Q: Would you favour it as an option?

ER: If there is a credible plan, yes. You’ve got to have a credible plan. And what you can’t do is just pluck a date out of the air and say ‘we’re all going to get there’ because I know what will happen under those circumstances. What will happen is that it will be fine for about a month and then, going for coffee outside the conference room, everyone will say ‘well, that is not going to happen, is it?’

Q: Except in TV, it has and it is.

ER: In TV, we wrote the original document which said ‘we will push on to digital switchover in this timeframe and here is how you can do it’. We wrote that document and said ‘these are the six of seven things you have to do to deliver it’ and we knew what you had to do to re-plan, we knew what you had to do to lead people across, we knew about the re-tuning, we knew the vast majority of things and there was a plan. That plan was then picked up by the creation of Digital UK, and so on. We’ve got to get to that next step, so I think it’s an exciting prospect but we’ve got to believe that it’s credible and deliverable. So I know that I’m repeating myself and not being particularly helpful but I do genuinely believe that and we need to – senior people in the industry need to sit round, look at this, stare at the steps and say ‘will that deliver it, is it consistent with what is in the audience’s interest?’ There’s no point in doing something which audiences then regard as a disaster. We have to do something that audiences, as it took place, will regard as a good thing. That’s an acid test and I think that’s possible, but there’s a lot of work to do and we’ve got to see if we can get there.

Monday, 1 June 2009

Exclusive digital radio content: saying it and doing it are two different things

Everyone seems to agree – it is the availability of exclusive radio content on digital platforms that will drive consumer uptake of the hardware and digital listening.

In its Final Report, the Digital Radio Working Group had
said in December 2008: “We must present a compelling [DAB] proposition for consumers not only through new content, but in building a whole new radio experience”.

In its Interim Report, Digital Britain had
said in January 2009: “We will expect the radio industry to strengthen its [DAB] consumer proposition both in terms of new and innovative content and to take advantage of the technological developments that DAB can offer”.

In its report commissioned for RadioCentre, Ingenious Consulting had said in January 2009: “…. there is not as much DAB-only material as hoped, and very little that’s truly compelling – there’s no ‘must have’ content as with sports and movies on Sky [TV]”.

In its submission to Digital Britain, Ofcom had
recommended in March 2009 “the creation of new commercial radio stations to create a consumer proposition analogous to Freeview: a wide range of popular and niche services, delivered digitally”.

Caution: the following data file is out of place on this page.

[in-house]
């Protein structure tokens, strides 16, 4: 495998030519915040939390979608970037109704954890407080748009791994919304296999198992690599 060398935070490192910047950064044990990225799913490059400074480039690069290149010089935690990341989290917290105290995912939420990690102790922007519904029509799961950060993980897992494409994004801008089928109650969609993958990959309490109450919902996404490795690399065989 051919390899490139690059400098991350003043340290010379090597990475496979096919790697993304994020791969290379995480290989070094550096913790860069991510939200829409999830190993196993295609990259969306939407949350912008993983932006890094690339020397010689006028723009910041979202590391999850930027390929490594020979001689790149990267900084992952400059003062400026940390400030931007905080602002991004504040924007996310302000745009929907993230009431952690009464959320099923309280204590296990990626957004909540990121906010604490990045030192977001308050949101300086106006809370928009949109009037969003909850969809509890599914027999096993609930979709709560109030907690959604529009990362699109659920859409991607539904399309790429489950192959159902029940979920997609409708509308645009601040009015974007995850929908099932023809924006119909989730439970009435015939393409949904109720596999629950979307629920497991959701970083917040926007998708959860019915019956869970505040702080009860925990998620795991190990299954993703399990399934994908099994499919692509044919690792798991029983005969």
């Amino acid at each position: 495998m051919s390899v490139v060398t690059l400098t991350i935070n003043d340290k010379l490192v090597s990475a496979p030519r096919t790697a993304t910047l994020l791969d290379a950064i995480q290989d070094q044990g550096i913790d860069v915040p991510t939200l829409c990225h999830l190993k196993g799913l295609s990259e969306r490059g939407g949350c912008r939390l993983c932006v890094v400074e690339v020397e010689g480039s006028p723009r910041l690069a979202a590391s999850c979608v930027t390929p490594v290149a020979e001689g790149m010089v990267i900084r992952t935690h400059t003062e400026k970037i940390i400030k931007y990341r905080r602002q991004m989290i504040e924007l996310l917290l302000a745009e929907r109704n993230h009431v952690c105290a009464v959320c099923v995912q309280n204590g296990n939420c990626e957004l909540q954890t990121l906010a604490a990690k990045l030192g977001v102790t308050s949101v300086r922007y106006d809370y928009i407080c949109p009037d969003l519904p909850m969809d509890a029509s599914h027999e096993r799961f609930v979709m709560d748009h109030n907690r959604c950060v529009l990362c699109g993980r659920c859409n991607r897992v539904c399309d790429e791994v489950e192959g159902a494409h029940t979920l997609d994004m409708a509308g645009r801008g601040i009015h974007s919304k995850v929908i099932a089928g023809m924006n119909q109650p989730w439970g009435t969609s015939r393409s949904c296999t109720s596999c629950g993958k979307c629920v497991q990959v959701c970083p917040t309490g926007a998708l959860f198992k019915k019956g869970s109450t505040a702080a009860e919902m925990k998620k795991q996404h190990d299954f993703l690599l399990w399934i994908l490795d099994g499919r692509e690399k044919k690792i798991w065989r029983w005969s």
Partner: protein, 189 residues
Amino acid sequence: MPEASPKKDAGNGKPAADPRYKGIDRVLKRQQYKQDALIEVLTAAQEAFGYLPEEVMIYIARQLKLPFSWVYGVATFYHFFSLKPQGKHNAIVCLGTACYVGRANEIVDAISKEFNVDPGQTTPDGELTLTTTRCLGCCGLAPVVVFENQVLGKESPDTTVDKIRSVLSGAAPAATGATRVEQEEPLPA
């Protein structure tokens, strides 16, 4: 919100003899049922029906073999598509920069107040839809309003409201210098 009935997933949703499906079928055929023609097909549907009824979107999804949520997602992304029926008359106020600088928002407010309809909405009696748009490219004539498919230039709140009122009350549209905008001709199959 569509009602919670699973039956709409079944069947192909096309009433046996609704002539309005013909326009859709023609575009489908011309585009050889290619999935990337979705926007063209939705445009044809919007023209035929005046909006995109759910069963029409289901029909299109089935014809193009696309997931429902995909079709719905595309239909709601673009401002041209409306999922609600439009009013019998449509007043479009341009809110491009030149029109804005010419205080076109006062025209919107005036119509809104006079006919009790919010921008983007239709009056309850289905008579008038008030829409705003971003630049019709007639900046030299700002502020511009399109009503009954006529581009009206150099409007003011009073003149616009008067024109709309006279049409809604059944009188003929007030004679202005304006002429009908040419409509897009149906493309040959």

The Digital Radio Working Group had spent a year meeting throughout 2008 and made its final recommendations in New Year 2009. Five months later, for the consumer turning on their DAB radio, the choices do not seem much different than they were then. While the industry continues to talk and talk and talk and talk endlessly about what should be done, the consumer proposition for digital radio seems to be disappearing down the tubes. The data from the Q1 2009 RAJAR audience survey demonstrates that.

For commercial radio, its digital stations are now capturing a lower proportion of its listening (4.5%) than a year ago (5.5%). Only 23% of listening to commercial radio via digital platforms is to exclusively digital content, compared to 30% a year ago. These results are not surprising, given the closure of many digital stations during 2008 (Core, Oneword, Life, TheJazz, Virgin Radio Groove, Yarr, Easy, Mojo and Islam Radio). In 2009 so far, Stafford’s Focal Radio and London’s Zee Radio have also closed.

For the BBC, the results are almost as disappointing. Its digital stations have recovered from a poor performance last quarter, but it appears that much of this improvement may have been due to heightened public interest in 6Music following the Ross/Brand affair. BBC digital stations now capture 2.9% of listening to the BBC, compared to 2.7% a year ago. Only 14% of listening to the BBC via digital platforms is to exclusively digital content, compared to 16% a year ago. For the BBC, it is beginning to look as if interest in its digital content is no longer growing as it had been during 2006 and 2007.

The summary graph (below) of hours listened to exclusively digital radio stations demonstrates the trend’s recent tendency to have levelled out, primarily as a result of commercial radio’s performance since 2007, but now also as a result of the BBC’s performance in recent quarters. Whilst commercial radio experienced significant station closures in 2007/8, the BBC’s portfolio has remained constant and is receiving as much cross-promotional marketing exposure as ever.

It is true that some new initiatives to provide exclusive digital radio content have happened in recent months:

* Colourful Radio launched on DAB in London on 2 March 2009.